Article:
“It appears we just got Banksy-ed,” said the Sotheby’s senior director Alex Branczik when the sale ended, and the picture passed through a shredder mounted in its frame.
As is customary, the street artist himself provided more insight into the hoax on Instagram. “A few years ago I secretly built a shredder into a painting,” he explained in a video that documented the installation. “In case it was ever put up for auction.”
Despite the the obvious differences between the artwork they were bidding on and the “finished artwork” – which was renamed Love is in the Bin following the stunt – the buyer went ahead with the sale, paying £1.1 million. As expected, the purchase appears to have been a pretty good investment.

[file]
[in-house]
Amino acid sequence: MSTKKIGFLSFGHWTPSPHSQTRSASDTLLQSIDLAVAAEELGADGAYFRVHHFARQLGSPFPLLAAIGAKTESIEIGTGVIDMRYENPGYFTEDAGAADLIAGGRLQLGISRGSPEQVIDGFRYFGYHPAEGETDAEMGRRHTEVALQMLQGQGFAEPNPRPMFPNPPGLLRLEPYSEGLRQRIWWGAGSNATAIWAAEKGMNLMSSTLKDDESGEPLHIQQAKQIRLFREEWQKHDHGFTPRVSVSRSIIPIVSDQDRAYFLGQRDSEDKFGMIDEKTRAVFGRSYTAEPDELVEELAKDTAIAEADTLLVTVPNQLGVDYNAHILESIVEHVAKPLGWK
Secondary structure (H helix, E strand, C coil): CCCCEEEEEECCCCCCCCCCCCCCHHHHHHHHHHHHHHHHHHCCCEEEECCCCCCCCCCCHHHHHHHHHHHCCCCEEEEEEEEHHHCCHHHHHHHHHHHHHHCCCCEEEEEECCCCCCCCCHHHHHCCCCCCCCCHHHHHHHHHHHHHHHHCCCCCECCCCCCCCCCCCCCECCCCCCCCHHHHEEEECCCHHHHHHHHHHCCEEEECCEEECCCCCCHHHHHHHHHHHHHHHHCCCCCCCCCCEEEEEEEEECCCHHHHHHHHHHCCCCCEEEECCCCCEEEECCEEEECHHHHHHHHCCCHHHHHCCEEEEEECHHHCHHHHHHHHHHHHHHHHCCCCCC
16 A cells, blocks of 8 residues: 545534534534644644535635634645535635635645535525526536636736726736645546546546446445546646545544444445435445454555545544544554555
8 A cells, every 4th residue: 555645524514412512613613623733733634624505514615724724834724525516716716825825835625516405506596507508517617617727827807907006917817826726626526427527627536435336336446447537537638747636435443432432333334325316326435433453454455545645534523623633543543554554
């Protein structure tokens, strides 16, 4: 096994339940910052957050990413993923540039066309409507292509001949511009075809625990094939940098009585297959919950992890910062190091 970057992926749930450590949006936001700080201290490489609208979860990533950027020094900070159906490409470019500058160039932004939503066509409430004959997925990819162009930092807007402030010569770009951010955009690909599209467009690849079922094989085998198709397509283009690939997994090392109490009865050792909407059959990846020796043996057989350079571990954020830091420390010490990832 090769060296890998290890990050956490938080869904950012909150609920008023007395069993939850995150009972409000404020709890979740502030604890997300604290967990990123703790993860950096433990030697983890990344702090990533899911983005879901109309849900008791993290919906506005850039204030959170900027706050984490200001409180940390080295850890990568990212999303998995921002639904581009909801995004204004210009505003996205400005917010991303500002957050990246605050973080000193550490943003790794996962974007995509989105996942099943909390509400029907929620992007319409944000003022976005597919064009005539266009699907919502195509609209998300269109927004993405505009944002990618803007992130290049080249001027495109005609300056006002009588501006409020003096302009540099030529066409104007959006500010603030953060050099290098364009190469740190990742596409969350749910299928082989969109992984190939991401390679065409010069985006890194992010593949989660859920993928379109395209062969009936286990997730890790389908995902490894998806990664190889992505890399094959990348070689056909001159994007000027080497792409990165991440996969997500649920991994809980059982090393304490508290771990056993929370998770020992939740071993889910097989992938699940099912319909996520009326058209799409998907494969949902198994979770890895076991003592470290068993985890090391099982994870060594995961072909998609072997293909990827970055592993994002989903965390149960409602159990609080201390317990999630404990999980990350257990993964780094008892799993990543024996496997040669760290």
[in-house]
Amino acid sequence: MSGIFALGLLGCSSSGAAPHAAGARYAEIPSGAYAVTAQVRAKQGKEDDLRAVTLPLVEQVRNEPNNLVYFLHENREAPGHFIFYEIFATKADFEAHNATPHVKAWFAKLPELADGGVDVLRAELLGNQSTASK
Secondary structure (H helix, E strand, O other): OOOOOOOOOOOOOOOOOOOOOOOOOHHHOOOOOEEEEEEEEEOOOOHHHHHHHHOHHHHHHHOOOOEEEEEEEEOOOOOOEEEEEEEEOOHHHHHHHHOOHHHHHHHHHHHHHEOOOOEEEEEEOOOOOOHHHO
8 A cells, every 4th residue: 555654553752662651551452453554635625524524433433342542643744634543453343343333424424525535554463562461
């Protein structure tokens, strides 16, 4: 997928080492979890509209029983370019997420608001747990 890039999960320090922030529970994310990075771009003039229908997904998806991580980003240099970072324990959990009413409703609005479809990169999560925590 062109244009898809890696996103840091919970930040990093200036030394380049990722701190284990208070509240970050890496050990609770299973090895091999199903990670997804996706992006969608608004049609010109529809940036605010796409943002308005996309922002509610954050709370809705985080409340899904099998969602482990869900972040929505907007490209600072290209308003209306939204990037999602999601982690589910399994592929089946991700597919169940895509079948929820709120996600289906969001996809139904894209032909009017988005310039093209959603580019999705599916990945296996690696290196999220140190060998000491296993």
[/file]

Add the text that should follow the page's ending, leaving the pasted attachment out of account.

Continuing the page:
Reflecting its newfound place in art history, estimates for Love is in the Bin have skyrocketed over the last three years, with the upcoming Sotheby’s sale expected to fetch between £4 million and £6 million. (In the past, Banksy has played down speculation that the auction house was in on it all along.)
Even without his trademark pranks, Banksy’s art has been steadily gaining value at auction, with his NHS-dedicated Game Changer image smashing estimates to bring in £14.4 million back in March. His profile has also risen worldwide, leading him to warn fans about a series of unauthorised shows, which have been criticised for containing replicas of his work.
Most recently, Banksy popped up in a series of British seaside towns, creating anonymous installations for his Great British Spraycation.